1. Strengthen collective spine.Ditto. Ditto to this response from one of her readers:
2. Subpoena reporters.
3. Find the leakers.
4. Prosecute the lawbreakers.
My fiancee and I both work in the defense industry and hold security clearances of varying degrees. What strikes us both, and anyone else in our sphere of professional acquaintances, is the seeming double standard in place where the protection of classified information is concerned. While it seems that senior managers (and I use "manager" as a term of derision) and policymakers are cozy enough with the oversight committees and agencies that they feel at liberty to divulge carefully selected pieces of classified information whenever it suits their purpose, I *KNOW* that anyone at my level would be swiftly and thoroughly wrung out following anything but the most benign security violation.I also have a security clearance and the actions of people like Sandy Berger burns me up. The man smuggled classified data from the national archives, then he unlawfully stored it, failed to report what he did, and illegally disposed of it. If I did that I would be in jail. But he is a former Secretary of Defense so he got a slap on the wrist.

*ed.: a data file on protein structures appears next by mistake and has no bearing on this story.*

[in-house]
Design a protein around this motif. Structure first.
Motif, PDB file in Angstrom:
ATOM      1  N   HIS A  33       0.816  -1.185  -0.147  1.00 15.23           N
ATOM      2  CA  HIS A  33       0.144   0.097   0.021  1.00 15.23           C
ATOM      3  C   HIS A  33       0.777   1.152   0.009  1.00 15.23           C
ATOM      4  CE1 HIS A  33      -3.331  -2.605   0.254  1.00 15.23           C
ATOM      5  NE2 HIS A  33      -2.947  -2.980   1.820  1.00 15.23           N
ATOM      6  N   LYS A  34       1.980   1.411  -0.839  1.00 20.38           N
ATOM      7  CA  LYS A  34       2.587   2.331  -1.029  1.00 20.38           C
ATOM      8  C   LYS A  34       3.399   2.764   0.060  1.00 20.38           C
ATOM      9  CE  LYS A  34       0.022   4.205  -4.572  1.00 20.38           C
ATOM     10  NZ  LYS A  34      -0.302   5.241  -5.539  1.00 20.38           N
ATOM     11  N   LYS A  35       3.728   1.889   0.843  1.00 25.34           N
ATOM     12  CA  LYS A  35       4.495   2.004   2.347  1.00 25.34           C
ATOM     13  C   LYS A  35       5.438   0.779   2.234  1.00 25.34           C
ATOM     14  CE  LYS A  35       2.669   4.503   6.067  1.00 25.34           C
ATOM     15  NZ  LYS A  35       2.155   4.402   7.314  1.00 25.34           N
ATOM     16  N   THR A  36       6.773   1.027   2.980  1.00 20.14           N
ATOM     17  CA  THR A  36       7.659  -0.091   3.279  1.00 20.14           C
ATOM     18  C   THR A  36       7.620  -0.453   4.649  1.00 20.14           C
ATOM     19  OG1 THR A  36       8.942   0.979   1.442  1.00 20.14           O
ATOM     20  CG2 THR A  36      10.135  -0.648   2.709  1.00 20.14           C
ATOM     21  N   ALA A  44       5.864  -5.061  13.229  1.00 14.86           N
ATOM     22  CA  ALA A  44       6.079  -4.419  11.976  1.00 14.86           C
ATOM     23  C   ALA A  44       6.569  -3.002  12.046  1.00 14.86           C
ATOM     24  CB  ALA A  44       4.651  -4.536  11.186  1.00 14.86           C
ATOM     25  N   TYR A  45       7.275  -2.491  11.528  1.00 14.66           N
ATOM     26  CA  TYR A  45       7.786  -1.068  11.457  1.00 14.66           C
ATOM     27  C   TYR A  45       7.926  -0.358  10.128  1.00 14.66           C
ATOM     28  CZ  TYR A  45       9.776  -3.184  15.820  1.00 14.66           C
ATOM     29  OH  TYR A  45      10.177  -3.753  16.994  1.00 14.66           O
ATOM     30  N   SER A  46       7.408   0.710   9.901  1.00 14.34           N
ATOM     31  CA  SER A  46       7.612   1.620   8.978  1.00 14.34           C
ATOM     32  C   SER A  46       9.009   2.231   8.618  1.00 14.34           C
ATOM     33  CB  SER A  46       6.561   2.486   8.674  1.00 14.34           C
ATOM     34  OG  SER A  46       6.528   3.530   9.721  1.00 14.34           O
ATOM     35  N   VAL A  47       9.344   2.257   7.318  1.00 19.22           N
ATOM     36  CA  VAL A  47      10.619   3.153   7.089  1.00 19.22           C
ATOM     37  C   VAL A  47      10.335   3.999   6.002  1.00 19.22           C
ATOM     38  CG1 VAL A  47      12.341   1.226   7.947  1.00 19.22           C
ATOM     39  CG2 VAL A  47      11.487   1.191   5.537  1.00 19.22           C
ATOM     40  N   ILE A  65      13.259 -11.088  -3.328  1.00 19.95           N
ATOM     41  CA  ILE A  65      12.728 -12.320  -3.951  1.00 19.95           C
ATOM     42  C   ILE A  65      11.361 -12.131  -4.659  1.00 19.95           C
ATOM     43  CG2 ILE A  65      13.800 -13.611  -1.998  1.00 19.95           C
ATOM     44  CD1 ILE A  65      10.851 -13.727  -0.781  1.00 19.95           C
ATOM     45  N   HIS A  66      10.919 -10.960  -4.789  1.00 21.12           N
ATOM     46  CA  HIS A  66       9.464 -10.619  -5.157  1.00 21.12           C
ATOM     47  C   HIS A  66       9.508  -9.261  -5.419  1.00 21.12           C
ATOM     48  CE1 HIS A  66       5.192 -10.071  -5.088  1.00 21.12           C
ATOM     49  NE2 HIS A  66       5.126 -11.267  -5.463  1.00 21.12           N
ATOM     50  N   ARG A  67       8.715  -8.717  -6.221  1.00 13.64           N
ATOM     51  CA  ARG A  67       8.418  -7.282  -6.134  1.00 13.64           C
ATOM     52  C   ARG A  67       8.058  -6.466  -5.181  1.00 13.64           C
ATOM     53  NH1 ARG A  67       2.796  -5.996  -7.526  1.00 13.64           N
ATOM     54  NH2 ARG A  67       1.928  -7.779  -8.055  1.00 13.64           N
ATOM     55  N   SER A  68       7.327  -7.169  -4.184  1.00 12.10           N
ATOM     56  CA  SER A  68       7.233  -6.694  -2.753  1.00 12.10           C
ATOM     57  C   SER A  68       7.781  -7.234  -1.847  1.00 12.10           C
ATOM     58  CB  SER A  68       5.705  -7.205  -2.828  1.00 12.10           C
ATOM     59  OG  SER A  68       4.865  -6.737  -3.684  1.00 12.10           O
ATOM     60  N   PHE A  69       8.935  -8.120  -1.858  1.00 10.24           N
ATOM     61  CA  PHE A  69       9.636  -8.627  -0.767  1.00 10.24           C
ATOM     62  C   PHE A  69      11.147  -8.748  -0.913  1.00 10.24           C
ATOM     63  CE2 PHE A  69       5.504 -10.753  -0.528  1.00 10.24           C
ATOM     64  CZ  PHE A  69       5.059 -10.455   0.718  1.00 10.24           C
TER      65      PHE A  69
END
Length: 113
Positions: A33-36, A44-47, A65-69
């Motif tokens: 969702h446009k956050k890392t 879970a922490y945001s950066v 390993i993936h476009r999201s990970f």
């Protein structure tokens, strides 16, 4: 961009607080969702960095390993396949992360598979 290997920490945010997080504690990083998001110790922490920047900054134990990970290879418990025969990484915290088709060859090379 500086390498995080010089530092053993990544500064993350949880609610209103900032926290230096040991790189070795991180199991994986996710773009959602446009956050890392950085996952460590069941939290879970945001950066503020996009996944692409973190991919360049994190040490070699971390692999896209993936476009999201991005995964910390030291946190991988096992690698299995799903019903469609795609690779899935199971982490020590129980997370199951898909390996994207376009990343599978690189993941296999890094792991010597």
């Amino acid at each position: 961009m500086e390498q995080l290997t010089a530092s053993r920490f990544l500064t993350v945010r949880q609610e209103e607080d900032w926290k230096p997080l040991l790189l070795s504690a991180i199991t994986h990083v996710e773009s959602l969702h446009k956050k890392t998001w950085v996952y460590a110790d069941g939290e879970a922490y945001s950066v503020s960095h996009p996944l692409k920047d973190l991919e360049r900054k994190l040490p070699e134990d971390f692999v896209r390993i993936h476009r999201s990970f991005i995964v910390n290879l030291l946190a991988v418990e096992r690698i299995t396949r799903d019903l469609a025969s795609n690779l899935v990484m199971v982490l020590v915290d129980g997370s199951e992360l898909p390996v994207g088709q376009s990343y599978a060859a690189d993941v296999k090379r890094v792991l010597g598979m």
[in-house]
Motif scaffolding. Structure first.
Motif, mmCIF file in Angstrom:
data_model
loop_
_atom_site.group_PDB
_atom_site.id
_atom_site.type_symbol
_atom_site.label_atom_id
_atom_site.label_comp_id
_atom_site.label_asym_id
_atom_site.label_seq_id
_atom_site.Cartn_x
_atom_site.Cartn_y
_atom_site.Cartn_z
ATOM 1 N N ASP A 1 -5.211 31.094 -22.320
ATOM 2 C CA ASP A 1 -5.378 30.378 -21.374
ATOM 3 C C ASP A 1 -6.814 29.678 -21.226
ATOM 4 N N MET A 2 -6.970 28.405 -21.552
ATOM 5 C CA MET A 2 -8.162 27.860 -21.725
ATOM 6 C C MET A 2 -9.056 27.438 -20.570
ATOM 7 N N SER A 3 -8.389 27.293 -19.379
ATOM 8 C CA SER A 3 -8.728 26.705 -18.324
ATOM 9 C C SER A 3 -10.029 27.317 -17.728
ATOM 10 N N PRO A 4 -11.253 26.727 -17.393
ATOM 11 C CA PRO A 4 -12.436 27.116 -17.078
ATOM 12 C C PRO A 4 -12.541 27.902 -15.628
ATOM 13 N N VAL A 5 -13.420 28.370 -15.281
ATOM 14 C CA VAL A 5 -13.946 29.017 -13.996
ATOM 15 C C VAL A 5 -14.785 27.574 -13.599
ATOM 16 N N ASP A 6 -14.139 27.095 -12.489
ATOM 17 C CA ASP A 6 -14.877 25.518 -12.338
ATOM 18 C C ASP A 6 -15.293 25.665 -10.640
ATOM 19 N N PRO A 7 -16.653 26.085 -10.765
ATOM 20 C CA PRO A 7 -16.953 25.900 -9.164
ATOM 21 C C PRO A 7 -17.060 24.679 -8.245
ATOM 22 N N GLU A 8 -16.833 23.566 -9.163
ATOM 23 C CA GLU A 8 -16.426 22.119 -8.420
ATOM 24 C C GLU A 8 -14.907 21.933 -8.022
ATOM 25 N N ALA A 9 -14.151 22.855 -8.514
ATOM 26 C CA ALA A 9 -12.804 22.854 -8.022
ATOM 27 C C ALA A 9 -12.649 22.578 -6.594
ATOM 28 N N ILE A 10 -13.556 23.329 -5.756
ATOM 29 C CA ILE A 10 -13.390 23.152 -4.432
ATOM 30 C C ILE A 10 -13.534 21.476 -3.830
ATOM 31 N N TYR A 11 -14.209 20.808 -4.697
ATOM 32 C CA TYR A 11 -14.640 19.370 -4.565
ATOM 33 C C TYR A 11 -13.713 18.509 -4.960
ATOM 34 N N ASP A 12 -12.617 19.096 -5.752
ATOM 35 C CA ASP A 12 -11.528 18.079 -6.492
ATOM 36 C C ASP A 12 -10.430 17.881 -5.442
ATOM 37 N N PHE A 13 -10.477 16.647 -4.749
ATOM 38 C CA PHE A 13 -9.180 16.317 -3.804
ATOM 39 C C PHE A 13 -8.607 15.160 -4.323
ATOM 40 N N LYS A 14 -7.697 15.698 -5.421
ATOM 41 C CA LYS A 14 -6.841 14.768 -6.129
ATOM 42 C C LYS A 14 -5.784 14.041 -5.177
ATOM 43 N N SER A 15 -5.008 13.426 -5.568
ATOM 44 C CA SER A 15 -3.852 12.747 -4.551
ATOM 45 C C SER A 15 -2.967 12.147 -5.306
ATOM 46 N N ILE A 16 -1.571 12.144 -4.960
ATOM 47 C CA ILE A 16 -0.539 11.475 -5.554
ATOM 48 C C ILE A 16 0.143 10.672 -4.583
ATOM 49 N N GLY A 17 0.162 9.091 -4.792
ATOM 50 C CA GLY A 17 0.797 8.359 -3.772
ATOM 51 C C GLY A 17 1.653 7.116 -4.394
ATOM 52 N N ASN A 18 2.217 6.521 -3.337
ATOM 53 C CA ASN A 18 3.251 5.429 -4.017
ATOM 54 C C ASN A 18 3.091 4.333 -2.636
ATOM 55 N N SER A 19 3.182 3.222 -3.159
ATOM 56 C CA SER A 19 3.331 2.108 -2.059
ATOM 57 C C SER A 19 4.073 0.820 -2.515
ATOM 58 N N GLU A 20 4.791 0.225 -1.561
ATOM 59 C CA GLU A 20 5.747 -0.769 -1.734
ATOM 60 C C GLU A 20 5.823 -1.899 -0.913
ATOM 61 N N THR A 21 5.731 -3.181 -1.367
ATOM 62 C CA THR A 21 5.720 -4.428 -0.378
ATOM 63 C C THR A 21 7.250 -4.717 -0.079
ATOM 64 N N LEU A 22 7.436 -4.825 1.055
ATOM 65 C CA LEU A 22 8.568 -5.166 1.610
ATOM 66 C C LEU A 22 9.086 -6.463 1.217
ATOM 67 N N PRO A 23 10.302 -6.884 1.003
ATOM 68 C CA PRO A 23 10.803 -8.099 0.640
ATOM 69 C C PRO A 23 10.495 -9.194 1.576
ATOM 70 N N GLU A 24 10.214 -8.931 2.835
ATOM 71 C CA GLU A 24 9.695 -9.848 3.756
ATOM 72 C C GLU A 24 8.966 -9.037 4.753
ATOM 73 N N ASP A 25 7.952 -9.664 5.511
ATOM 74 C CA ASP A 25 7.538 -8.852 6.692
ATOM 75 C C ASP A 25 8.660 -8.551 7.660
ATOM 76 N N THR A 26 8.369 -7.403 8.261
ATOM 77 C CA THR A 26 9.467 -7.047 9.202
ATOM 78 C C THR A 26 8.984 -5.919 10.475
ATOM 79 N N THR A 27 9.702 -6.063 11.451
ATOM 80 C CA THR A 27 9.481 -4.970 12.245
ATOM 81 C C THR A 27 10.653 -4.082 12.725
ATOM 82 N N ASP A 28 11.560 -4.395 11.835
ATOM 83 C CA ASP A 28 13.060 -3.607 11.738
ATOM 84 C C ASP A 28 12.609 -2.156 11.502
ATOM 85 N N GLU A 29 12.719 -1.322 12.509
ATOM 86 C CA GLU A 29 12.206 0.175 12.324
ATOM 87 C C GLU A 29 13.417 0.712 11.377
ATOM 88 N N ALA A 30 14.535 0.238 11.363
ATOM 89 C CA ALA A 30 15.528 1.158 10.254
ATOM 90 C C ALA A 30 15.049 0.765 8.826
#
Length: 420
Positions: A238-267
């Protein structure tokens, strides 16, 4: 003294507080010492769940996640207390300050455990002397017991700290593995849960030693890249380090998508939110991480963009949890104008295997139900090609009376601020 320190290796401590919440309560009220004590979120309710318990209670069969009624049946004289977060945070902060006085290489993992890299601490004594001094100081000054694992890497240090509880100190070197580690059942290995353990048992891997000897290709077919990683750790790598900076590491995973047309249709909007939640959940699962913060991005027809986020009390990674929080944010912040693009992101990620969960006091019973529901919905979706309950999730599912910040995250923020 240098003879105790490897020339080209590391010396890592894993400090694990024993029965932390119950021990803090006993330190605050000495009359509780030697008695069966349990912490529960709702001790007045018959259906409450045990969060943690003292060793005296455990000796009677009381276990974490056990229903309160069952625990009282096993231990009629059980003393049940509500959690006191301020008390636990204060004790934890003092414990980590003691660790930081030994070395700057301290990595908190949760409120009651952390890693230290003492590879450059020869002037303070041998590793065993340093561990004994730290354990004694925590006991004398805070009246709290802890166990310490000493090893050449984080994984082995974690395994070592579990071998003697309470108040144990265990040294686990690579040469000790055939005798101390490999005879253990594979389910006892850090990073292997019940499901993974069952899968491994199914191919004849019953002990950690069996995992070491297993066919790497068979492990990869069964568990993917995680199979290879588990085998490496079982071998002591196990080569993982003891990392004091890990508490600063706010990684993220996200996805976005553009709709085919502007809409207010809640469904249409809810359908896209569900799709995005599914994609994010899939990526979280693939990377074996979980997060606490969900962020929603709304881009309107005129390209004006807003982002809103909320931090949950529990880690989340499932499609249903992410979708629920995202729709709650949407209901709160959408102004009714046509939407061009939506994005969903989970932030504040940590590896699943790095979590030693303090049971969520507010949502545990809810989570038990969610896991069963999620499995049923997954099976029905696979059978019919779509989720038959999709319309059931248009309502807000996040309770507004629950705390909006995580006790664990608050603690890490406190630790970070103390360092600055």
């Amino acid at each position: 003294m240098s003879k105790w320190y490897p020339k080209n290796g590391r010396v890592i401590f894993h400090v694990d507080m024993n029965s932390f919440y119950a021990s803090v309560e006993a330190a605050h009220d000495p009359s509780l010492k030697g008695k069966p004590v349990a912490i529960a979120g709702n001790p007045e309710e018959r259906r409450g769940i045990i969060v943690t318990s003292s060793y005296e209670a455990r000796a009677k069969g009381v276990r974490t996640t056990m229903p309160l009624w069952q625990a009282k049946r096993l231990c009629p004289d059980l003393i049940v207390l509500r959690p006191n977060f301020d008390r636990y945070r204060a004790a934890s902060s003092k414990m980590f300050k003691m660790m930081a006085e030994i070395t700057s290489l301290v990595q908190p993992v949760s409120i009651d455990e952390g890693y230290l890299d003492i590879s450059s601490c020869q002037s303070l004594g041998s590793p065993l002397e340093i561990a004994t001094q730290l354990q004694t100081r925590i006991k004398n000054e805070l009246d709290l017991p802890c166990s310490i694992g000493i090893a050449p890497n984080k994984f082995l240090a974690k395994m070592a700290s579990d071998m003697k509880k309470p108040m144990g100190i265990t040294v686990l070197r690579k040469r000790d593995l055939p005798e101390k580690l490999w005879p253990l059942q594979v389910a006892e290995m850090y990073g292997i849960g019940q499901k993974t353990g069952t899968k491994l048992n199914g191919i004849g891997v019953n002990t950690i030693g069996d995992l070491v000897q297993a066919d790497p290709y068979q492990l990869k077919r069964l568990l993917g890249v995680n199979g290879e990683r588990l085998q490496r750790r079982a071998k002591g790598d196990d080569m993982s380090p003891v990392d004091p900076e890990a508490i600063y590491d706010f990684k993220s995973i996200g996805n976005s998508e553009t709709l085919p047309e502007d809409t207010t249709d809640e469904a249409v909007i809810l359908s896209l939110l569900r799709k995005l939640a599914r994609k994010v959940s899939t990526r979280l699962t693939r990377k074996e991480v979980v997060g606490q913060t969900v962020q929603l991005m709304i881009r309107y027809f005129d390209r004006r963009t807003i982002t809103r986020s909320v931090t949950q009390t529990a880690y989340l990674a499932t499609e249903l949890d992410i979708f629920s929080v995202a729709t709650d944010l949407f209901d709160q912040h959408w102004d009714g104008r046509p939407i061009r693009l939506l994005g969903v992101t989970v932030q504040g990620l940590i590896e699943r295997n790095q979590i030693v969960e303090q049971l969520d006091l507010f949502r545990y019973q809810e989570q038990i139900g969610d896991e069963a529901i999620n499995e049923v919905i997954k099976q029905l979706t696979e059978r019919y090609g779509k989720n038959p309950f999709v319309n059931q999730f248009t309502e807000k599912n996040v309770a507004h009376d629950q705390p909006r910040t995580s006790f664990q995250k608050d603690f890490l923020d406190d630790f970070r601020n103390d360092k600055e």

I think we need strengthen the law in this area, especially with regards to elected officials who drop classified tidbits for political gain. Right now Congressmen have claimed separation of powers privileges with regards to their access to classified information. Senior managers should also be prosecuted to the fullest extent of the law. If the upper echelons aren't held to task, then how can you do so with the lower ranks?
I also think Bush and Co. should start creating some really heinous programs. Awful things that would be completely unconstitutional. Create these programs on paper and only on paper. Make sure you have an ironclad trail that proves this. Then filter them down through the intelligence ranks to find out where the leaks are (hint: start with the CIA). Then prosecute with extreme prejudice.